Telematics Solutions for Industrial Fleets: 7 Things You Need to Know
- Fleet efficiency
- Fleet management
- Material handling
- Security and safety
As a new technology, there are many questions business owners and fleet managers ask about telematics solutions. Telematics solutions use technology to collect insights about your machinery, vehicles, and tools. They add capabilities to your vehicles and future-proof your business.
Here are some of the most common questions business owners and fleet managers have about telematics solutions:
1. If I have to invest in telematics solutions, will my operational costs increase?
There is a cost in installing telematics devices on your machines. There are also costs in maintaining the system and the online cloud platform.
But telematics solutions pay for themselves many times over in the long run. You’ll save time and money through the benefits to business efficiency and safety.
With decreasing costs of computing and cloud storage in recent years, telematics solutions are only becoming more cost-efficient. The threshold for businesses to adopt telematics is lower than it ever has been.
Digital transformation of business is coming. Whether you’re in construction, rental, material handling, or equipment dealership.
Those who decide to invest in telematics now will be better placed to face the various industry challenges down the line than those who do not.
Mobile or cell phones offer a fraction of the functionalities of a telematics system.
They may be useful for messaging between machine operators and fleet managers. But they do not show the bigger picture.
They don’t give business owners and fleet managers the actionable insights they need to improve safety and efficiency.
3. Isn’t telematics a bit like Big Brother watching my machine operators? Won’t my operators dislike it?
A telematics solution is a business tool which works to the benefit of business owners, but also to the benefit of machine operators.
Telematics helps drivers and operators by making their workplace safer and more productive.
It helps them communicate more effectively with management, with operators more easily and instantly being able to send notifications of issues with the fleet to fleet managers.
Features such as proximity warning, safety checklists, and access control reduce incidents so operators are safer in their work.
It also introduces equity into the workplace, with all machines and all operators monitored fairly. This can be beneficial to operators on annual reviews.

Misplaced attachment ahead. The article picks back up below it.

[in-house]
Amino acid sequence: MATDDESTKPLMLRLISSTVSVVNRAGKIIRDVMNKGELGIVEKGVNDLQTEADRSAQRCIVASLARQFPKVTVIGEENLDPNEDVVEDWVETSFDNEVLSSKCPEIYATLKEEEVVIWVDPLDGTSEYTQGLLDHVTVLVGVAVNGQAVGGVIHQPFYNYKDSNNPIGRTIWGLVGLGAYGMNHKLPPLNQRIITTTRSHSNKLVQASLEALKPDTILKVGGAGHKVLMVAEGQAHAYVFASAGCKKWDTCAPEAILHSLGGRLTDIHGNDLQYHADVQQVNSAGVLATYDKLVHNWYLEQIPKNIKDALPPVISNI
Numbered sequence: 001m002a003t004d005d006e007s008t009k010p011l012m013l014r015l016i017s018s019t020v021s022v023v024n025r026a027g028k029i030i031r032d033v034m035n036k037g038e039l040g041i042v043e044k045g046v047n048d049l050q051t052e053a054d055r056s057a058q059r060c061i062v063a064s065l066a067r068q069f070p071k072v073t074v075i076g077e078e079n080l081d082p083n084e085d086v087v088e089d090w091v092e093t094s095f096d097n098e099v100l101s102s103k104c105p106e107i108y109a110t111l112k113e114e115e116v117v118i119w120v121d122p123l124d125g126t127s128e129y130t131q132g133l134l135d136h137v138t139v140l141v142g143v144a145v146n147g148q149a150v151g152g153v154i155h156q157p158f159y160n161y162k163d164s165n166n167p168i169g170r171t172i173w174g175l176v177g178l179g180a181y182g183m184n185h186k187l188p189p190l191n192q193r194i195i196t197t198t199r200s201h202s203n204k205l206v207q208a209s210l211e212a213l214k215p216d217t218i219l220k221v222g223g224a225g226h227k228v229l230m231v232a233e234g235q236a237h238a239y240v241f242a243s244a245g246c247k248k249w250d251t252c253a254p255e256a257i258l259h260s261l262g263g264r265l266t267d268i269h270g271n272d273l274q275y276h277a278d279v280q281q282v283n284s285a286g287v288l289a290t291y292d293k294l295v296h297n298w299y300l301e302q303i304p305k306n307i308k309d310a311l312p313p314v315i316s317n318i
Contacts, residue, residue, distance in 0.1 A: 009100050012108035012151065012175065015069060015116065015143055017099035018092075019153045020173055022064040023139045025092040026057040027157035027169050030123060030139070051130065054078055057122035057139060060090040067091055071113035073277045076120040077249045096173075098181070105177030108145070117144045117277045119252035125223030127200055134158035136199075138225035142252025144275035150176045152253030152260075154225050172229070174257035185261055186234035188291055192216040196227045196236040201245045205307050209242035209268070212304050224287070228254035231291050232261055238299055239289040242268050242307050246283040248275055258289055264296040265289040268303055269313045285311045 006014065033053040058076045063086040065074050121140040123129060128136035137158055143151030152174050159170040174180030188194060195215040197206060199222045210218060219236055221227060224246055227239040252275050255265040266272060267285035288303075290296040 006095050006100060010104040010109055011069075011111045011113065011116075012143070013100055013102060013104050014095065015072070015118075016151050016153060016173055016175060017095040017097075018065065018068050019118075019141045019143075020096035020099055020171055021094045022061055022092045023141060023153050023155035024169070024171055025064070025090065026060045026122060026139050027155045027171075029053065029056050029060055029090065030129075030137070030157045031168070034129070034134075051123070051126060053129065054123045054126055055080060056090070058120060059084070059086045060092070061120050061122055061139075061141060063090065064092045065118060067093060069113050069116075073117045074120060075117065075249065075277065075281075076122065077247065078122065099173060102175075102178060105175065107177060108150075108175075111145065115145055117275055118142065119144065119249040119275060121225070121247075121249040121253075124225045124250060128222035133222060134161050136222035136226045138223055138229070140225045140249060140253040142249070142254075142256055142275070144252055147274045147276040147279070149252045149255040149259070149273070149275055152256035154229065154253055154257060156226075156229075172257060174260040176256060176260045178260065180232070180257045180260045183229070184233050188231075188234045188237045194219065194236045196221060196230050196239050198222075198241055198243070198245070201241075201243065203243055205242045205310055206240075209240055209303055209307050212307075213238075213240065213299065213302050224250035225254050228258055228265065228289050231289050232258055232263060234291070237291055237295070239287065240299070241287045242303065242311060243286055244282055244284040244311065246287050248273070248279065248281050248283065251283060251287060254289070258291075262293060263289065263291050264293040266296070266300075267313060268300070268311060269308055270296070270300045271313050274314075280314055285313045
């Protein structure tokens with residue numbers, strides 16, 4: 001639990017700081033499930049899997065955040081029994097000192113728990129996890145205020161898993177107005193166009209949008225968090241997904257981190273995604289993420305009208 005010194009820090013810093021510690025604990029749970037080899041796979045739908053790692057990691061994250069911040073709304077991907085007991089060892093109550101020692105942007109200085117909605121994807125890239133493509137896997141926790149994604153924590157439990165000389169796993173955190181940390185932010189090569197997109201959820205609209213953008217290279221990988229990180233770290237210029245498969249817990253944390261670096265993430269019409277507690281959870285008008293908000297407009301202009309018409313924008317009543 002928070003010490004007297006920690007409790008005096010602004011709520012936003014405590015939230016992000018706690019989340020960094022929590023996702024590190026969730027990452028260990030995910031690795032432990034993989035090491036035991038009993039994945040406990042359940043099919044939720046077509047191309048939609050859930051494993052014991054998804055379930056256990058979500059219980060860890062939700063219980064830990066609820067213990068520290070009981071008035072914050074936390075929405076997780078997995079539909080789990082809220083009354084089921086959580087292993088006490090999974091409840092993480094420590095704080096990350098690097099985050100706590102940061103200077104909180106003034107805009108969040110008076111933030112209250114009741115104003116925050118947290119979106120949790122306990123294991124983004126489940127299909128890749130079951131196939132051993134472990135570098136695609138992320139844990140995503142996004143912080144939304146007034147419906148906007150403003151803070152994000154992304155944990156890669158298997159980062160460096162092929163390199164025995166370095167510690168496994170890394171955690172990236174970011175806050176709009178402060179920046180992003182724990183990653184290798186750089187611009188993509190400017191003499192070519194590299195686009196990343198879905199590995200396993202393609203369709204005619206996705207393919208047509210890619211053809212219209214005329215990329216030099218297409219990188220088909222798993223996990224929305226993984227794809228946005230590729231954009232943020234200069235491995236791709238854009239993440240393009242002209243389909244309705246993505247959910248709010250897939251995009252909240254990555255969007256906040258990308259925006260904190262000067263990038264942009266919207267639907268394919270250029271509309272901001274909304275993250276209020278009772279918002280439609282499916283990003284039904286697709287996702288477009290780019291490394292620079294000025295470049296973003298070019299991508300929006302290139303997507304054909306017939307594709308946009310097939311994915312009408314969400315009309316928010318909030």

It’s important for business owners and fleet managers to explain the benefits of telematics to their operators. If it’s communicated clearly, operators will understand the reasons behind implementation and support its utilisation.
Fleet managers often use telematics to establish award programmes for their best operators. This might take the form of a simple gift card awarded each quarter. Operators can see through statistics how they are performing alongside their colleagues, not only fostering friendly competition amongst peers, but helping to make operators part of the plan for improvement.
Telematics solutions offer you valuable business insights whether you own one vehicle or a fleet of thousands.
No matter the size of your fleet, modern smart telematics will help you meet your company’s needs today and respond to the challenges your business will face tomorrow.
5. Does telematics impact the warranty of the machine?
It does. In a positive way.
If you overuse your machines, or don’t use them correctly, or fail to follow up on maintenance, you might lose your warranty.
The telematics solutions alert you when one of the above situations occurs.
This enables you to intervene and make sure that there are no issues with warranty of the machine.
6. Will the telematics hardware drain the machine’s battery?
The telematics device is connected to the battery of the machine so it can measure its voltage.
The telematics device does use the battery to charge itself, but it uses very little energy. There is never a draining or discharging of your machinery’s battery.
The technology uses various techniques, such as Sleep Mode, to optimise usage of the battery and to protect it.
7. Who owns the generated telematics data?
There is a generally accepted rule that the owner of the machinery owns the data. The telematics provider does not have the right to share the data.
But in the absence of a legal framework related to data ownership, it is recommended that you make specific arrangements.
A well-defined contract between the telematics provider and you as machine owner will offer clarity on data issues.
Telematics generates personal machine data as well as non-personal machine data. So include agreements about the right to reclaim data and how you will comply with GDPR guidelines.
CAN stands for Controller Area Network.
It’s a specialised internal communication network that interconnects components inside of machines.
The CAN allows the exchange of messages without conflicts in a short time-frame.
You can access this network of information through CAN ports.
Connecting the telematics device to the CAN ports of your machine enables you to read specific data.
Think about your car. When your car mechanic connects his laptop with the car engine CAN port, he can read what’s happening inside your engine in real-time.
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